Following the Dakota Conflict of 1862, all Dakota were forced out of Minnesota and removed to reservations, first in South Dakota, then in Nebraska. By 1880, squalid conditions prompted many Dakota to go back to their homeland, some walking the entire distance from Nebraska. These Dakota ended up at a place they called Tinta Wita but Europeans called Prairie Island. Europeans considered the land on the island unsuitable for farming, so it attracted few settlers. The Dakota, however, knew how to live off the land at Prairie Island and used many of the native plants in traditional medicine. The relative isolation of life on Prairie Island helped these Dakota maintain traditional aspects of life better than Dakota in other places.
The US government granted official recognition to the Prairie Island Indian Community in 1886. In 1936 the reservation was expanded from 120 to 534 acres, and a Community Council form of government was adopted, operating akin to a state government. The construction of Lock and Dam 3 in the late 1930s flooded low-lying sections of the island and reduced the number of habitable acres on the reservation to 300. Until the 1980s, Dakota living on the reservation had limited economic opportunities; poverty was the norm. Community members faced another insult in 1968 when a nuclear plant was built adjacent to the reservation.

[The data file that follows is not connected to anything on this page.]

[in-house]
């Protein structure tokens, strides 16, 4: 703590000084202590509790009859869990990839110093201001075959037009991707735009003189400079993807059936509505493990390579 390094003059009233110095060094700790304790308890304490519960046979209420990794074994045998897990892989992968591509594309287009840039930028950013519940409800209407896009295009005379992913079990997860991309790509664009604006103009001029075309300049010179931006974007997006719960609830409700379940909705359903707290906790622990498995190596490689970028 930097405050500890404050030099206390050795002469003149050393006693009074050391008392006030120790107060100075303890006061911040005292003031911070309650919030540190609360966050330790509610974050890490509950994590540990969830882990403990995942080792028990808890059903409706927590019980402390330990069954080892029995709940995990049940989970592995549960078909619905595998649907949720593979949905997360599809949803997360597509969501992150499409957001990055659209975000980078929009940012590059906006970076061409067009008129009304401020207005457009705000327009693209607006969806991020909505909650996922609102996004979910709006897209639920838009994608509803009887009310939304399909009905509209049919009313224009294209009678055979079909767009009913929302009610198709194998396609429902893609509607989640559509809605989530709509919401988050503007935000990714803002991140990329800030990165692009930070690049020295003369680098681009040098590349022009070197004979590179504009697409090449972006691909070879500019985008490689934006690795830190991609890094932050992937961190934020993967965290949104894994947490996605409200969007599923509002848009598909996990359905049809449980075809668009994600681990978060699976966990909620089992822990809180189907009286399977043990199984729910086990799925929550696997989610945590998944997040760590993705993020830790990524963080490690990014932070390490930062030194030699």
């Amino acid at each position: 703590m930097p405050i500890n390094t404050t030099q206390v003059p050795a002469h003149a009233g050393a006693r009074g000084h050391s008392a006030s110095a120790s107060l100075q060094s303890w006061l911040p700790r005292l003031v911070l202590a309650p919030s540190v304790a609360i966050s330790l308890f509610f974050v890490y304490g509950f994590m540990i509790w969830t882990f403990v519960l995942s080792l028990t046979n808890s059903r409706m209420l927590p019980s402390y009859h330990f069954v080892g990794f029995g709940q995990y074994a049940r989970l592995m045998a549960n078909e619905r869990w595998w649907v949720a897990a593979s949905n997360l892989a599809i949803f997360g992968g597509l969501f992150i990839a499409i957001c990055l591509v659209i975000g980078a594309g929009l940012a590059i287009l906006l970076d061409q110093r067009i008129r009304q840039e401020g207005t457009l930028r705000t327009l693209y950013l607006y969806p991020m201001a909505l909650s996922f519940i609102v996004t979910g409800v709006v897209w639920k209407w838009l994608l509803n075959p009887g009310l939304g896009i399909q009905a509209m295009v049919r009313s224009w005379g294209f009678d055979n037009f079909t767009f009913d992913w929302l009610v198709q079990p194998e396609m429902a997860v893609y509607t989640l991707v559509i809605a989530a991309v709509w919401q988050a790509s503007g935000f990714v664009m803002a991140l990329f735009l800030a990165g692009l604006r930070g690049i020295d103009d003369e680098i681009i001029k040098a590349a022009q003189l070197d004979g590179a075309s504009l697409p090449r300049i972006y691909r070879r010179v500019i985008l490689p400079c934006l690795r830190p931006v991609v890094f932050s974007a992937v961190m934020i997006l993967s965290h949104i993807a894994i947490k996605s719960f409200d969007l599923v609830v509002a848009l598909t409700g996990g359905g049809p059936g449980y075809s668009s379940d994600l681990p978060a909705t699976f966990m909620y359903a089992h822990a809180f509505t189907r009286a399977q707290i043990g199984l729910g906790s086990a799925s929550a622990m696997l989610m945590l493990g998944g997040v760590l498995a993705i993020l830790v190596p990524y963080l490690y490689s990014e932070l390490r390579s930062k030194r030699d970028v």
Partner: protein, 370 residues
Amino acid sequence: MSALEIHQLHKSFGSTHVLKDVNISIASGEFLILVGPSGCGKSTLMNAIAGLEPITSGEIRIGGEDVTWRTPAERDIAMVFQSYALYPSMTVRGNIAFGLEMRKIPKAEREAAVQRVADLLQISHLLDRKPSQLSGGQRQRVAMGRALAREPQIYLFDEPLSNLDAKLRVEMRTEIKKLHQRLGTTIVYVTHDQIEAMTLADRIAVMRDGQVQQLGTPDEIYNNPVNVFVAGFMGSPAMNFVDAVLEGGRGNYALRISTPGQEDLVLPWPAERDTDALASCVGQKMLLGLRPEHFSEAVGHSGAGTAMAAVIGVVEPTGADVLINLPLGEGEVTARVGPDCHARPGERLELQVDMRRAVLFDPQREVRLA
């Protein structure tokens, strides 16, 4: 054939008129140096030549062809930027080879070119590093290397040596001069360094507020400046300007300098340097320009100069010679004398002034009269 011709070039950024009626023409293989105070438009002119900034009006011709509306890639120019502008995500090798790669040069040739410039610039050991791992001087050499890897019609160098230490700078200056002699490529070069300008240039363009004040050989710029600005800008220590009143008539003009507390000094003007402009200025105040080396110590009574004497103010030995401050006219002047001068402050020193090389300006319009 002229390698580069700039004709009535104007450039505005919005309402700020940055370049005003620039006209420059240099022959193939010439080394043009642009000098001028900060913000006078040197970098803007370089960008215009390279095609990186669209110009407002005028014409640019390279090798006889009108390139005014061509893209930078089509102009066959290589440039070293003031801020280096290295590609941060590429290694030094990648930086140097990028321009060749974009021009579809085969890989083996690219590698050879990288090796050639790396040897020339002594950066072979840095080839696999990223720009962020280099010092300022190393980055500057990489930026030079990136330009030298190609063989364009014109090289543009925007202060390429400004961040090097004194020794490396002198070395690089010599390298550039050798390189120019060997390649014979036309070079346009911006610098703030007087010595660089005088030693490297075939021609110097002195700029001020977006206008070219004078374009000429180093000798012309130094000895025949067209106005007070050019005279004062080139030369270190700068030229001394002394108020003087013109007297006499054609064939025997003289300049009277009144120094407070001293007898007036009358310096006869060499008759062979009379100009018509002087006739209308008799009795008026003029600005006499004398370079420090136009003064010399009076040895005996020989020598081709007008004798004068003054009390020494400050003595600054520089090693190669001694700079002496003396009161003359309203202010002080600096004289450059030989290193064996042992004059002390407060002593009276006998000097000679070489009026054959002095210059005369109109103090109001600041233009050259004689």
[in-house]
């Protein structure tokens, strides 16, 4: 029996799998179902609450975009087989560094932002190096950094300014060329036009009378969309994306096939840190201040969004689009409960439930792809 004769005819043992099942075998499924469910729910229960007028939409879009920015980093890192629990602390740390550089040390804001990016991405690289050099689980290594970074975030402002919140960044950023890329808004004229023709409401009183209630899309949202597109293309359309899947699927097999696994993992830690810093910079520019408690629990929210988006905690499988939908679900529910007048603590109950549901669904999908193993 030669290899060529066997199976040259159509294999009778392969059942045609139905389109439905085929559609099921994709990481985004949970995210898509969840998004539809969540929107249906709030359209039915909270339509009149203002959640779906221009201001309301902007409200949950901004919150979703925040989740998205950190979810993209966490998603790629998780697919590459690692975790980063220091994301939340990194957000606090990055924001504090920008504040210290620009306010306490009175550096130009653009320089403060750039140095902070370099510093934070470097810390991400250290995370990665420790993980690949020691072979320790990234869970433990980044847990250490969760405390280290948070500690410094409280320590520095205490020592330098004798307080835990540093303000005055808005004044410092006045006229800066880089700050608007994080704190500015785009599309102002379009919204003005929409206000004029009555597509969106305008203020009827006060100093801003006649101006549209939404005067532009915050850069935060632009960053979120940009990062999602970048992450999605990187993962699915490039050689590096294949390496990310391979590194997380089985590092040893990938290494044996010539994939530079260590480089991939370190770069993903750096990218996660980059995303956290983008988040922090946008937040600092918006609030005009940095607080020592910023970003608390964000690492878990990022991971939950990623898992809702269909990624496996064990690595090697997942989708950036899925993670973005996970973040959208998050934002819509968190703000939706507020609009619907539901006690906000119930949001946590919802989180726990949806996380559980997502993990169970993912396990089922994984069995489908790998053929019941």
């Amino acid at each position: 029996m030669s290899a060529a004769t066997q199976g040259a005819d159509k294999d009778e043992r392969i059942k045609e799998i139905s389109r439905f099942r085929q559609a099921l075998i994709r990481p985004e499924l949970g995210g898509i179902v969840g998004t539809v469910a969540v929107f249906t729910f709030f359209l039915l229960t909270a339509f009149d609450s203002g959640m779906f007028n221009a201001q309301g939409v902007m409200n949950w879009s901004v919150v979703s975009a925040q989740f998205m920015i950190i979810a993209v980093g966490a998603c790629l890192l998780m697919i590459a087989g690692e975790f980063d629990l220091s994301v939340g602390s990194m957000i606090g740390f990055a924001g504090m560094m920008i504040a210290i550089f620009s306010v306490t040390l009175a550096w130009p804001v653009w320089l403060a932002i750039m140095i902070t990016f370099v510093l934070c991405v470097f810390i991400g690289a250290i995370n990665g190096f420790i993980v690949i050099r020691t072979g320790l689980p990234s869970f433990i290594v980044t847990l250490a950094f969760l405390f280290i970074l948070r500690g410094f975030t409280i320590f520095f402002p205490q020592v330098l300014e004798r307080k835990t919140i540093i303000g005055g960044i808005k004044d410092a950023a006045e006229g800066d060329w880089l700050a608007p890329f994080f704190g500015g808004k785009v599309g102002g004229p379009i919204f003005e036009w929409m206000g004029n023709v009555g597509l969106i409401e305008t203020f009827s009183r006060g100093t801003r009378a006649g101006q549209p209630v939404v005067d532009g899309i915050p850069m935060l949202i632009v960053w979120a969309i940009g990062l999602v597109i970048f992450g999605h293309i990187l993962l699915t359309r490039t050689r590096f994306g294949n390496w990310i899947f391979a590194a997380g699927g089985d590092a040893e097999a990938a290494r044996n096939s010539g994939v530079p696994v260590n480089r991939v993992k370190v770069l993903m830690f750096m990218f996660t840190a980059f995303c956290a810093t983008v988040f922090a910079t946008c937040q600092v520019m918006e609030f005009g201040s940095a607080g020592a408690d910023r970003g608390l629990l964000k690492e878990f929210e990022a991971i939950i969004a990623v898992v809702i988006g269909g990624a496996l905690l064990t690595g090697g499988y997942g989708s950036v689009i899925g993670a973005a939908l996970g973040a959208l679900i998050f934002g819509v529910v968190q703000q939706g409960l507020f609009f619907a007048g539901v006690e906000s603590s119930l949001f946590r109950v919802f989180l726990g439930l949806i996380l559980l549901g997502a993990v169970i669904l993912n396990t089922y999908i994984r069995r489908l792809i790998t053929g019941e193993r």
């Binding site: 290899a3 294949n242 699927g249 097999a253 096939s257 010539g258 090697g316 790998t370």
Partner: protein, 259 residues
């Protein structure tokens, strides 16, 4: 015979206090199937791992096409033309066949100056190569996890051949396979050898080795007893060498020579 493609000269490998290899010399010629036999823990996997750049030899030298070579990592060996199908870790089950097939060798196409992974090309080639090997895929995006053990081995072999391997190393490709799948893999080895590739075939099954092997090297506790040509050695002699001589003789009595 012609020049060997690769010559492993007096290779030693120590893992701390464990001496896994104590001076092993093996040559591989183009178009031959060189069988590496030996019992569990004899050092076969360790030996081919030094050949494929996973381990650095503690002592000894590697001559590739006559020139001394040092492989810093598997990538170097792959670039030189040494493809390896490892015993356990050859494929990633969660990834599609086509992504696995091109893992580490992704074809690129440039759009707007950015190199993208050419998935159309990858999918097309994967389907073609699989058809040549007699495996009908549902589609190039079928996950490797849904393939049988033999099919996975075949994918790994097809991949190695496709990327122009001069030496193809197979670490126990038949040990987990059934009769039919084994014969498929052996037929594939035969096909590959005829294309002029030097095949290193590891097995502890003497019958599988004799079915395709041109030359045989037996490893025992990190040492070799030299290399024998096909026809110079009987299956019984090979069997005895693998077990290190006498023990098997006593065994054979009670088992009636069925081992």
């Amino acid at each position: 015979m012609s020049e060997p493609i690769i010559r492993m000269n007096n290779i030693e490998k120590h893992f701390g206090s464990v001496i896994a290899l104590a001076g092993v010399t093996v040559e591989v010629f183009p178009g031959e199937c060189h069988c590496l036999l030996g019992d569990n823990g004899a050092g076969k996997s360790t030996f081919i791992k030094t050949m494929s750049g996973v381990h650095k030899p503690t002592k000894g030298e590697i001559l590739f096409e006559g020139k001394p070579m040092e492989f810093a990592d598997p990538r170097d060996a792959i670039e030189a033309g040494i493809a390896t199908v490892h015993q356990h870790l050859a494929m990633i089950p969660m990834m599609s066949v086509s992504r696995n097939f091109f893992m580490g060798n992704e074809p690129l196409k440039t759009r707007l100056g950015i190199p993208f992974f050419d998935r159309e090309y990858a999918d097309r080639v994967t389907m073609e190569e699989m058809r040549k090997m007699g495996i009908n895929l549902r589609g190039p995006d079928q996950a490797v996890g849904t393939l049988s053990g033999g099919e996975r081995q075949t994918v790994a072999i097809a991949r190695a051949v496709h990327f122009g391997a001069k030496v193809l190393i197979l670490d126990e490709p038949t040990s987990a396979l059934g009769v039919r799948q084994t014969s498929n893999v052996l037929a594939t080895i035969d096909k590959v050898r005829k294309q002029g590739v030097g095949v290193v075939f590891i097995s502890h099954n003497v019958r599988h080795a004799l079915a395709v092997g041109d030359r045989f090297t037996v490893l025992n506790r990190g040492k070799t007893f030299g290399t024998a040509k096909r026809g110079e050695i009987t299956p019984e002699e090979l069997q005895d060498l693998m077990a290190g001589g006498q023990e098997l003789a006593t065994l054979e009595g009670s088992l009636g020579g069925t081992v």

In 1984, the Prairie Island Indian Community opened a bingo room with seating for 1,400. After a 1989 agreement with the State of Minnesota, the community jumped into the gaming world with both feet by building their first casino. The casino now employs 1,500 people. Gaming revenues have been used to build a community center, a health center, to improve sewer and water facilities, and to fund a wide range of charitable causes throughout the region.